Henry Newman's Storage Blog Archives for February 2012

The Future of SSD: Reality Catches Up to Hype

It might be a bit late, but I am just back from vacation. While away, I was sent an interesting article on the future of SSD technology and the actual study.

This is not really news to me. A few years ago, I argued that lithography limits and disk drive density were going to keep SSD from replacing spinning disks. Now, the industry is coming around to the realization that NAND will not last forever. We have not seen much in density growth for SSDs since I wrote that article almost 18 months ago, and I did not expect much of any. The other issues discussed in the article regarding garbage collection and errors were not a surprise to me either.

So what is going to happen to the SSD market? For one thing, as I have said over and over again, the market is going to and is in consolidation. The other thing that will likely happen is NAND will be replaced. Is it going to be phase change memory (PCM), Memristor or something else? Right now PCM has the lead, but we are still limited in two major ways in my opinion.

First, the I/O stack has a lot of latency overhead going from the application to the OS, file system device driver and so on. Second, the PCIe bus is limiting the long-term performance potential for storage. We are not at just 1 GB/sec per lane.

Put that in perspective -- here are the number of IOPS with PCIe 3.0 by lane count.

Request Size
(in Bytes)
1 Lane 4 Lanes 8 Lanes

512

2,097,152

8,388,608

16,777,216

4096

262,144

1,048,576

2,097,152

8192

131,072

524,288

1,048,576

16384

65,536

262,144

524,288

32748

32,788

131,152

262,304

With PCIe 4 around four years away (PCIe 3.0 really has not hit the market yet), I am not sure that longer term we are going to be dealing with a new level of memory like registers, L1 cache, L2 cache, L3 cache, DDR and some non-volatile storage.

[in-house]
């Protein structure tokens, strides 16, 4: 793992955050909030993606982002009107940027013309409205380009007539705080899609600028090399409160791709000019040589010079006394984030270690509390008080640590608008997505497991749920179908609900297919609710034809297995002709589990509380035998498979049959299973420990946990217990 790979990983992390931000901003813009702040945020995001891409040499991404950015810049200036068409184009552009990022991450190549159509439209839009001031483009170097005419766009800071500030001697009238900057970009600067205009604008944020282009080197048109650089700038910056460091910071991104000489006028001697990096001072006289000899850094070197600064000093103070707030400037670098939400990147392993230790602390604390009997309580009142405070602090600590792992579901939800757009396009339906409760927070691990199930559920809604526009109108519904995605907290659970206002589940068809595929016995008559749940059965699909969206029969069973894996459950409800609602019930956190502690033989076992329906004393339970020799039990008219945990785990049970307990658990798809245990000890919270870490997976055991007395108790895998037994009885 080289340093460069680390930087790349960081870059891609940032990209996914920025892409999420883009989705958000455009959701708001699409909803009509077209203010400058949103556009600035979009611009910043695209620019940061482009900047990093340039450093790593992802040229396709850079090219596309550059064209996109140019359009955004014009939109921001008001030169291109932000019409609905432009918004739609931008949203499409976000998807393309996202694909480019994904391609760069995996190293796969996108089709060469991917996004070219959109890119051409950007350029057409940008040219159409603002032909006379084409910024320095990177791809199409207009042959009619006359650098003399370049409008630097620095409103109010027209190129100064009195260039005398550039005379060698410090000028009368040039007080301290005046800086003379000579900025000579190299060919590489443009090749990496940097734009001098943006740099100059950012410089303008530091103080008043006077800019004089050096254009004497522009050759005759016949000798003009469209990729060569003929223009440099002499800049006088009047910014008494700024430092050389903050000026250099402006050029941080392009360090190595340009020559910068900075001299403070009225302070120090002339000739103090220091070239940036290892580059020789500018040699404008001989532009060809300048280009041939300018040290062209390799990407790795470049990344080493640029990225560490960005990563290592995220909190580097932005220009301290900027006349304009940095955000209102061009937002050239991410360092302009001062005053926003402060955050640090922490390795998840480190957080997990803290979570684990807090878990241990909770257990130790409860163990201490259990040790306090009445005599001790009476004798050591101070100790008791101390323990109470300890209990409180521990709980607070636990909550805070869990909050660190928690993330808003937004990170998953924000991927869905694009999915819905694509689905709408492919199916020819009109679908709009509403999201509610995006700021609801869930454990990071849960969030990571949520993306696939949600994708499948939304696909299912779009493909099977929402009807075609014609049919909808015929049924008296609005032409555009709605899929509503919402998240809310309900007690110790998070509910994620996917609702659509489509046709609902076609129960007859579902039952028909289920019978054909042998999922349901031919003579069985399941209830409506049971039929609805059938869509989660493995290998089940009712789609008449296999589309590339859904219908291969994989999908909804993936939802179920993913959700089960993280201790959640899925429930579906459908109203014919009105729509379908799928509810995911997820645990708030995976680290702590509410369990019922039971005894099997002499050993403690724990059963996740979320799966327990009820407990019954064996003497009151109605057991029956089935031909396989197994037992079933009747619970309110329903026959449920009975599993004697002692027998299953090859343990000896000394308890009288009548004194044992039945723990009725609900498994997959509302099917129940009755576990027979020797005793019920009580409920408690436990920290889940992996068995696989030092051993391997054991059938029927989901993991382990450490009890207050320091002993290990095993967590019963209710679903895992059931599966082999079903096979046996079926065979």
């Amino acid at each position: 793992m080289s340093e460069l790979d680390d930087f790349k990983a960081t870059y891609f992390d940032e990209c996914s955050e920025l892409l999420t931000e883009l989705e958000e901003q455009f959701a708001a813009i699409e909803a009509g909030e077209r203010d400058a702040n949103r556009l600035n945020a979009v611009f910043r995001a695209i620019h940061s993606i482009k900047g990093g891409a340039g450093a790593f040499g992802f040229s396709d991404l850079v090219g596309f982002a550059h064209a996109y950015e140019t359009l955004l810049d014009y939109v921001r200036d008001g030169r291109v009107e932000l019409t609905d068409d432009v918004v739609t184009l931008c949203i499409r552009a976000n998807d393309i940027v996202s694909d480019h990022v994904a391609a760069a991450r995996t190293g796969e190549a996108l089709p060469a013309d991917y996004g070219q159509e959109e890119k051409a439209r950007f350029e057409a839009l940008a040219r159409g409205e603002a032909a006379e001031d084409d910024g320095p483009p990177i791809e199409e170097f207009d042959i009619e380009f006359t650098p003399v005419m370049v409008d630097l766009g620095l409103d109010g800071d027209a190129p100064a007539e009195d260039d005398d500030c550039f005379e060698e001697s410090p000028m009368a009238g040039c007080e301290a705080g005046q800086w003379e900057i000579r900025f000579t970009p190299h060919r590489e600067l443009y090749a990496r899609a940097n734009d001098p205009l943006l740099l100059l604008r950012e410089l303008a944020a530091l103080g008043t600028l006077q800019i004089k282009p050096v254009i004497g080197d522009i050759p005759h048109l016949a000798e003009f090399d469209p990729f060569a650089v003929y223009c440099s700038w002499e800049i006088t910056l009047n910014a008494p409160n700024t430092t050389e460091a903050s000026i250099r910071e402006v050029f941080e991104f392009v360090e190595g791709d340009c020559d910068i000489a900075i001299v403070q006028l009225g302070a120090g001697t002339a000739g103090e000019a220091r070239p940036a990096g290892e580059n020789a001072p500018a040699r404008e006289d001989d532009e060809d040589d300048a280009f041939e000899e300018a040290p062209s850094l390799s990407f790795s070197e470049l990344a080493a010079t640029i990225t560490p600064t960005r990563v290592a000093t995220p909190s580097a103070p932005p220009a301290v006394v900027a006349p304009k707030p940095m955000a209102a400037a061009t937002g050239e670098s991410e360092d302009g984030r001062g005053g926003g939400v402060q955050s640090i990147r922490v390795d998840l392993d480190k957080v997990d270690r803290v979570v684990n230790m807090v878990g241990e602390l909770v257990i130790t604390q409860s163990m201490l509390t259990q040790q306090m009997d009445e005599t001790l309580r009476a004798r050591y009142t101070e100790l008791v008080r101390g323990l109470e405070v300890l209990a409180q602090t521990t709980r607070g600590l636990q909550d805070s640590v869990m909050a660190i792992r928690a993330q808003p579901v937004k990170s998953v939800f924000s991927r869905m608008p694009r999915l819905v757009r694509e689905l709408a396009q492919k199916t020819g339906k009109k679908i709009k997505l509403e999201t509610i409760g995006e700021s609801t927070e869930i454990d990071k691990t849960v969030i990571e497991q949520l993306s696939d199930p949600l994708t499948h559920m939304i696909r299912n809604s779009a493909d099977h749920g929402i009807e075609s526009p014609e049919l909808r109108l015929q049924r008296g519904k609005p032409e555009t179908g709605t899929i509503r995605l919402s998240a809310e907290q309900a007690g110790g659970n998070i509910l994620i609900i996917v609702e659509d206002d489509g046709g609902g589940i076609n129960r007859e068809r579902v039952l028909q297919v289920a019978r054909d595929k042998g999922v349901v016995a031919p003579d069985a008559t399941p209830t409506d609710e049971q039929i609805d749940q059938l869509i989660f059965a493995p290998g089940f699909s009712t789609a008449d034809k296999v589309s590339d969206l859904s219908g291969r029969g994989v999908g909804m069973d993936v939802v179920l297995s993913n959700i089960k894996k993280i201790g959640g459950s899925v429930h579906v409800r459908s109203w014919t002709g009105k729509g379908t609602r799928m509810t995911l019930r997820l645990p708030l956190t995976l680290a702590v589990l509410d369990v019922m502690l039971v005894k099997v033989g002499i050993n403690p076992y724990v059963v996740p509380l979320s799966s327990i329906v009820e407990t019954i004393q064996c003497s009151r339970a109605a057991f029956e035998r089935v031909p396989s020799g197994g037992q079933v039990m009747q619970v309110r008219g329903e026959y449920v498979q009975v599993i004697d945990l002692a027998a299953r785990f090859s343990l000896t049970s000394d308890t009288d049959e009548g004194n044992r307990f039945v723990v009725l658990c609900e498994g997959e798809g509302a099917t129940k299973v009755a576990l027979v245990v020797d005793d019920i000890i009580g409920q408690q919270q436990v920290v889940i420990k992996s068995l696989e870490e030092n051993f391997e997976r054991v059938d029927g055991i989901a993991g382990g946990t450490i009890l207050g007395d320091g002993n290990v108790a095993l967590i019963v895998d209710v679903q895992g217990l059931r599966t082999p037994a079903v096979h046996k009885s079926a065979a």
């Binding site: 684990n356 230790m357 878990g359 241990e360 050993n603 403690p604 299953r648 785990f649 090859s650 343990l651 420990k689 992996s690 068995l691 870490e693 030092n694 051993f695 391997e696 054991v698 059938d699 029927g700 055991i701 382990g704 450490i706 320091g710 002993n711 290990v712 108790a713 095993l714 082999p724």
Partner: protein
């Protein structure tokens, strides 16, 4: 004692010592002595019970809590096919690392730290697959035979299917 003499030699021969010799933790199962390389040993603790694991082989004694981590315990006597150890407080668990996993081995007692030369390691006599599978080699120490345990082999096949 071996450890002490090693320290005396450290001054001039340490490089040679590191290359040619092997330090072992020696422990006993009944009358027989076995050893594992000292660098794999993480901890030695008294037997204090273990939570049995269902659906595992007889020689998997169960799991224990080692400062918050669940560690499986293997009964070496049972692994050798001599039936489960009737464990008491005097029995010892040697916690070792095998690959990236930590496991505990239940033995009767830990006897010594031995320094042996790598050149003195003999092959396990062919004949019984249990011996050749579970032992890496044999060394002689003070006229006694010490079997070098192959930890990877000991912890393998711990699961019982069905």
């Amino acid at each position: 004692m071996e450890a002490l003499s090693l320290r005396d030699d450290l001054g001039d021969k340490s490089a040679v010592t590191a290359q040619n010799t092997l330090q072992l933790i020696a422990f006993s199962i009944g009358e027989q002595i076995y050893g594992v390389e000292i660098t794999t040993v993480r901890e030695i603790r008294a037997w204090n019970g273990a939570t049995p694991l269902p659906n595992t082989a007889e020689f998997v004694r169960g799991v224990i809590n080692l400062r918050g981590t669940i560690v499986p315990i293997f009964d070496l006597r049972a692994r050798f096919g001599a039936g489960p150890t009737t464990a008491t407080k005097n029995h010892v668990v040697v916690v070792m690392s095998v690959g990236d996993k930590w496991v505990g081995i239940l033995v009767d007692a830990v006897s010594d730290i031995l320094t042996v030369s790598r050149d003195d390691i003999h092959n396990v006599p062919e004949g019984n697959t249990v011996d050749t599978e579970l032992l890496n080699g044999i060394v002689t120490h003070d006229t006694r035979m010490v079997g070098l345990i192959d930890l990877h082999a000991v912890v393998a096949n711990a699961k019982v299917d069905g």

Labels: SSD, PCIe, NAND, IOPS, PCIe SSDs, NAND Flash, density

posted by: Henry Newman

Why Use Enterprise Tape?

It is now February 2 -- Groundhog Day -- and LTO-6 has not been officially announced. The most recent press release on the lto.org website is from August 24. What is the proposed media type, what is the density, and how will that compare with enterprise tape from the two enterprise vendors, Oracle and IBM? At least today, the LTO hard error rate is two orders of magnitude less than enterprise tape at 10E17 bits vs. 10E19 for enterprise tape. For those sites that have large amounts of LTO tape, I believe it is time to consider looking at the enterprise alternatives. Both have greater density than LTO, both are faster read and write than LTO, and both are considered more durable than LTO. Of course, everyone will say the price for LTO is lower. I encourage everyone to look at not just the tape and tape drive prices, but also the cost of the library and the bandwidth comparison, looking at:

  1. Tape library costs, as with LTO you will need a large library for the same amount of storage. Do not forget to include all of the licensing costs.
  2. Tape drives based on bandwidth. Yes, LTO drives are less expensive than enterprise drives, but you will need more of them to achieve the same bandwidth. Do not forget to consider the load and unload times, as generally enterprise drives are faster.
  3. You of course will need many more LTO tapes given the differences in density.

Everyone will need to run the numbers for themselves to see the cost differences, but I think you will see some surprising results with very large storage configurations. Of course, the larger the configuration, the more data moved and therefore the higher probability that you hit the hard error rate with LTO. Time for a second look at enterprise tape.

Labels: tape storage, tape drives, tape, LTO-5, LTO

posted by: Henry Newman